Islamic commercial and financial practice has not experienced the trial-and-error style of development that has characterised the development of the common law in the English-speaking world. Many of the principles, rules and practices prevalent in the Islamic law of contract, commerce, finance and property remain the same as those outlined by the Quran and the Prophet Muhammad, and expounded by scholars of jurisprudence as far back as the 13th century, despite the advancement in time and sophistication of commercial interaction. Hanaan Balala here demonstrates how, in order to bridge the gap between the principles outlined by the Quran and the Prophet in the 7th century and commercial practice in the 21st century, Islamic finance jurisdictions need to open themselves to learning from the experience (including the mistakes) of the English common law. 'Islamic Finance and Law: Theory and Practice in a Globalized World' provides an analysis of the fundamental principles underlying the Islamic law of contract and commercial practice in comparison with their equivalents in common law in the English-speaking world.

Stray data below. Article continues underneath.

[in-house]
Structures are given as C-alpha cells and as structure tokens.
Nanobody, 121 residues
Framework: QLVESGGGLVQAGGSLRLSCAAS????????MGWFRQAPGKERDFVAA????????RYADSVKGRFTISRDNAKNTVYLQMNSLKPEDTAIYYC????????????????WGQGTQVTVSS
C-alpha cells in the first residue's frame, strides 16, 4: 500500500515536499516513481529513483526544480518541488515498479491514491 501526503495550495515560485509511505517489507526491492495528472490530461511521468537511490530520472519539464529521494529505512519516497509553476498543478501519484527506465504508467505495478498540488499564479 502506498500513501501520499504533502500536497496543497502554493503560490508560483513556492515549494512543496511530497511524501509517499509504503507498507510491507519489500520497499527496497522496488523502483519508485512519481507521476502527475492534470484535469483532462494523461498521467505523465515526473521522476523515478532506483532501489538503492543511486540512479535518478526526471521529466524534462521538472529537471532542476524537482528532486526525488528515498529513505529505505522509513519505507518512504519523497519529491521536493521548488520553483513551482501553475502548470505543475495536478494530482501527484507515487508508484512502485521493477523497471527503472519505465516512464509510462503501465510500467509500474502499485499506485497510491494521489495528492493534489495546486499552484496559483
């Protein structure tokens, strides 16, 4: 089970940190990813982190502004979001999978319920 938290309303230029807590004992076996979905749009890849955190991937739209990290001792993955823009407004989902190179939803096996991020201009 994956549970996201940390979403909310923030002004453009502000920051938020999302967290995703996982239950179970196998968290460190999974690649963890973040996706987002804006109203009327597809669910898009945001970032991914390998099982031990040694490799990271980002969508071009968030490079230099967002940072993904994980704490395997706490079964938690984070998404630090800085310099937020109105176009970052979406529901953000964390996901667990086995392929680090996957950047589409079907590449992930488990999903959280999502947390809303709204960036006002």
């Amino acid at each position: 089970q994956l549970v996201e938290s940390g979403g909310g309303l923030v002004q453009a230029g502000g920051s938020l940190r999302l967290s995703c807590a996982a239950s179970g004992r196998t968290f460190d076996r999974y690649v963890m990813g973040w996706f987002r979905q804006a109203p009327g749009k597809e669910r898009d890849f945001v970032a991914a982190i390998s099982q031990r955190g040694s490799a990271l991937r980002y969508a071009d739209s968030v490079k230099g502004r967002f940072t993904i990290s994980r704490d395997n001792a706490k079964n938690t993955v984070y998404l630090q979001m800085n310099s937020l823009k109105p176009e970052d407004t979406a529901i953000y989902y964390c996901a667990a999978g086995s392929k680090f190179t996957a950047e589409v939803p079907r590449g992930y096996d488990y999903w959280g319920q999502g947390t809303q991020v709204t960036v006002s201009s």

It seeks to draw parallels (and differences where appropriate) to facilitate the growth and development of Islamic commercial and financial law globally.
Publisher: Bloomsbury Publishing PLC
Number of pages: 232
Weight: 254 g
Dimensions: 216 x 138 x 23 mm
'This book puts forward a new and thought-provoking approach to Islamic finance, particularly in relation to securitisations.' - Philip Wood QC (Hon), Head of Allen & Overy Global Law Intelligence Unit and Visiting Professor in International Financial Law, University of Oxford 'This is an excellent addition to the literature in this relatively inaccessible but increasingly important aspect of global finance.' - Fidelis Oditah QC, Visiting Professor in Law, University of Oxford